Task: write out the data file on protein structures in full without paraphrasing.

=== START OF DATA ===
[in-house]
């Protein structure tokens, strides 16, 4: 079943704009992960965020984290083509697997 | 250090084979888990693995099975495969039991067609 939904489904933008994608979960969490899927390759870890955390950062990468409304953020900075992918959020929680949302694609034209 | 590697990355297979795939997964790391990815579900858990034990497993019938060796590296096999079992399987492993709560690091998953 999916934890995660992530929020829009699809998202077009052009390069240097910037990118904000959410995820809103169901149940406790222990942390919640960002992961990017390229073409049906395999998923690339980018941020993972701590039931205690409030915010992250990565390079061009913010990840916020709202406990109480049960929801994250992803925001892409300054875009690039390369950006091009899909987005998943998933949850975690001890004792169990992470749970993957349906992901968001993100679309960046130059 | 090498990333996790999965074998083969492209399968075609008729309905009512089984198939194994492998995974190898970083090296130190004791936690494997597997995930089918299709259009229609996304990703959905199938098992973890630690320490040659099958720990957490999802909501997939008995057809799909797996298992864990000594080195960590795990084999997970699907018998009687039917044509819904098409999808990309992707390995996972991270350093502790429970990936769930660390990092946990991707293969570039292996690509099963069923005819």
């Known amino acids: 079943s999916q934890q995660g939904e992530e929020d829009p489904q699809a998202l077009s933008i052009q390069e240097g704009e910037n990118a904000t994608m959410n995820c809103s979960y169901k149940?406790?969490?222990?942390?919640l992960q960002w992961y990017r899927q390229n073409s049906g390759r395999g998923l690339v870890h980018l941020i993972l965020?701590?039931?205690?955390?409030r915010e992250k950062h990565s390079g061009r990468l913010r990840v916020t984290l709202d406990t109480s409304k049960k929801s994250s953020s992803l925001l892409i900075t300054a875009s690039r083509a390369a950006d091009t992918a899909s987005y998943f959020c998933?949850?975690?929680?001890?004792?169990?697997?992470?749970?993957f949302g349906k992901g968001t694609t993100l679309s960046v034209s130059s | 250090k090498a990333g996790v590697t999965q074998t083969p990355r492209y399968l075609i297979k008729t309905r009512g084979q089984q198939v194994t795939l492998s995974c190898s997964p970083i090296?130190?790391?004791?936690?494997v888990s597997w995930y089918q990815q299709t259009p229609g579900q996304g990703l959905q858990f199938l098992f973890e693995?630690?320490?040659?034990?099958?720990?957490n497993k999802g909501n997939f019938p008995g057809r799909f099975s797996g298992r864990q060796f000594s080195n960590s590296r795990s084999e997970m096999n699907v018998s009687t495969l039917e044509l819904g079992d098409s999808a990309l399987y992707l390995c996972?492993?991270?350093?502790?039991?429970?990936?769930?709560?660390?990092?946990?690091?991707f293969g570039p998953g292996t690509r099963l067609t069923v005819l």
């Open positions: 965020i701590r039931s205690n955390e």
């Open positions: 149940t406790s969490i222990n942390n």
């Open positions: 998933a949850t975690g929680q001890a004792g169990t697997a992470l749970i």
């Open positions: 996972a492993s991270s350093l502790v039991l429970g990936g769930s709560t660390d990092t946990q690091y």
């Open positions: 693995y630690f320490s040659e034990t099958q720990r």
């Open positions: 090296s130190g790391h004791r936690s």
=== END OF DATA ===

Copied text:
[in-house]
């Protein structure tokens, strides 16, 4: 079943704009992960965020984290083509697997 | 250090084979888990693995099975495969039991067609 939904489904933008994608979960969490899927390759870890955390950062990468409304953020900075992918959020929680949302694609034209 | 590697990355297979795939997964790391990815579900858990034990497993019938060796590296096999079992399987492993709560690091998953 999916934890995660992530929020829009699809998202077009052009390069240097910037990118904000959410995820809103169901149940406790222990942390919640960002992961990017390229073409049906395999998923690339980018941020993972701590039931205690409030915010992250990565390079061009913010990840916020709202406990109480049960929801994250992803925001892409300054875009690039390369950006091009899909987005998943998933949850975690001890004792169990992470749970993957349906992901968001993100679309960046130059 | 090498990333996790999965074998083969492209399968075609008729309905009512089984198939194994492998995974190898970083090296130190004791936690494997597997995930089918299709259009229609996304990703959905199938098992973890630690320490040659099958720990957490999802909501997939008995057809799909797996298992864990000594080195960590795990084999997970699907018998009687039917044509819904098409999808990309992707390995996972991270350093502790429970990936769930660390990092946990991707293969570039292996690509099963069923005819």
């Known amino acids: 079943s999916q934890q995660g939904e992530e929020d829009p489904q699809a998202l077009s933008i052009q390069e240097g704009e910037n990118a904000t994608m959410n995820c809103s979960y169901k149940?406790?969490?222990?942390?919640l992960q960002w992961y990017r899927q390229n073409s049906g390759r395999g998923l690339v870890h980018l941020i993972l965020?701590?039931?205690?955390?409030r915010e992250k950062h990565s390079g061009r990468l913010r990840v916020t984290l709202d406990t109480s409304k049960k929801s994250s953020s992803l925001l892409i900075t300054a875009s690039r083509a390369a950006d091009t992918a899909s987005y998943f959020c998933?949850?975690?929680?001890?004792?169990?697997?992470?749970?993957f949302g349906k992901g968001t694609t993100l679309s960046v034209s130059s | 250090k090498a990333g996790v590697t999965q074998t083969p990355r492209y399968l075609i297979k008729t309905r009512g084979q089984q198939v194994t795939l492998s995974c190898s997964p970083i090296?130190?790391?004791?936690?494997v888990s597997w995930y089918q990815q299709t259009p229609g579900q996304g990703l959905q858990f199938l098992f973890e693995?630690?320490?040659?034990?099958?720990?957490n497993k999802g909501n997939f019938p008995g057809r799909f099975s797996g298992r864990q060796f000594s080195n960590s590296r795990s084999e997970m096999n699907v018998s009687t495969l039917e044509l819904g079992d098409s999808a990309l399987y992707l390995c996972?492993?991270?350093?502790?039991?429970?990936?769930?709560?660390?990092?946990?690091?991707f293969g570039p998953g292996t690509r099963l067609t069923v005819l």
């Open positions: 965020i701590r039931s205690n955390e």
């Open positions: 149940t406790s969490i222990n942390n």
């Open positions: 998933a949850t975690g929680q001890a004792g169990t697997a992470l749970i």
């Open positions: 996972a492993s991270s350093l502790v039991l429970g990936g769930s709560t660390d990092t946990q690091y």
């Open positions: 693995y630690f320490s040659e034990t099958q720990r």
């Open positions: 090296s130190g790391h004791r936690s």